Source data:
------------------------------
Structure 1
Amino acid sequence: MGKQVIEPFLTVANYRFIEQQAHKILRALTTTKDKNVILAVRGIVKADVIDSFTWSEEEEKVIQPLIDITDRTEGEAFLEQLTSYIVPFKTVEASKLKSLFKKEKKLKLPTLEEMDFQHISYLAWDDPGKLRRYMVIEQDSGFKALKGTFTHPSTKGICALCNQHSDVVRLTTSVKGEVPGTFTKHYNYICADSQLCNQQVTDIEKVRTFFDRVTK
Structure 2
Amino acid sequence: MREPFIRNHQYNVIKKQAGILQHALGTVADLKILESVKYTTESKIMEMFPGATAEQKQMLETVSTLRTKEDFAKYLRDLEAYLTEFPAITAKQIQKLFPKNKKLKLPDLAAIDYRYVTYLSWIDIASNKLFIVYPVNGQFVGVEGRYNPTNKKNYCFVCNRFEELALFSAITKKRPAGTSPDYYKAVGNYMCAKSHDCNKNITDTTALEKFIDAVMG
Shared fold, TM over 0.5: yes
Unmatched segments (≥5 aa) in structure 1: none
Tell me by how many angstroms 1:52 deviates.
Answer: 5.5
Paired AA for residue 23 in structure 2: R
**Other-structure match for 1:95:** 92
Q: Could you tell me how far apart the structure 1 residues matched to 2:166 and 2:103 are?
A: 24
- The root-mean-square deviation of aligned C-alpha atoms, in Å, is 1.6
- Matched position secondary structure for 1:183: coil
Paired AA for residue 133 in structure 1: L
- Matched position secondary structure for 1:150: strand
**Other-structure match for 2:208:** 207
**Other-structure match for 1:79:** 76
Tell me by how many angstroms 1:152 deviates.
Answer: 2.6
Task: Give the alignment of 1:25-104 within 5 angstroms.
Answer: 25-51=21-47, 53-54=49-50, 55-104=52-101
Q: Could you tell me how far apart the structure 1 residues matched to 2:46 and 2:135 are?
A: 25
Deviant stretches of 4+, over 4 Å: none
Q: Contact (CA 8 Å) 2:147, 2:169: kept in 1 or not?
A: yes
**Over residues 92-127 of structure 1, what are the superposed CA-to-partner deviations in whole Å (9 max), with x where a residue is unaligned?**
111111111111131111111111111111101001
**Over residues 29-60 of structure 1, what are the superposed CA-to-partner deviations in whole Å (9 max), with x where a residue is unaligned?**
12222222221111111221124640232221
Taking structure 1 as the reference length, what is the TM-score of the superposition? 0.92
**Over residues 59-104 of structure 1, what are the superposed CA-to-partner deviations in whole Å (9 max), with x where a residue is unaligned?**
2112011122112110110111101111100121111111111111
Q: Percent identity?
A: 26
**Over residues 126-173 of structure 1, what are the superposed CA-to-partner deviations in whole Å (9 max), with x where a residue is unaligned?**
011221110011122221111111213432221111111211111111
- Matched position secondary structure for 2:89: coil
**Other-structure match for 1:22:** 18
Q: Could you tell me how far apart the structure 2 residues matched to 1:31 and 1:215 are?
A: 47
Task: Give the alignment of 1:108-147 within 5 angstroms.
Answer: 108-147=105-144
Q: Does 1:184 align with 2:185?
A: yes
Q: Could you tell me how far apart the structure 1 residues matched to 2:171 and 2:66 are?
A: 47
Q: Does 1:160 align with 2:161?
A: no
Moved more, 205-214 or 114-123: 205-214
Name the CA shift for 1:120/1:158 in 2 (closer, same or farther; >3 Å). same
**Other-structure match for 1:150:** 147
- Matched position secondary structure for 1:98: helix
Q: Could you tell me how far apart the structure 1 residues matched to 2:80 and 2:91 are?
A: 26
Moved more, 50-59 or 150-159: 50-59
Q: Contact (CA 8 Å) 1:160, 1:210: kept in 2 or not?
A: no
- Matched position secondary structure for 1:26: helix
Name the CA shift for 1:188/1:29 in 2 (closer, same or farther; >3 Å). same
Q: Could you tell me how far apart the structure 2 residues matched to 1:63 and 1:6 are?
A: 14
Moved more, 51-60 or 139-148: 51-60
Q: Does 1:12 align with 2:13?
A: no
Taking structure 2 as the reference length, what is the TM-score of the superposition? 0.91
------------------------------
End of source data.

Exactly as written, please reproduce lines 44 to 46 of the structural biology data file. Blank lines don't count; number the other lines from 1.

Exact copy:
Answer: 108-147=105-144
Q: Does 1:184 align with 2:185?
A: yes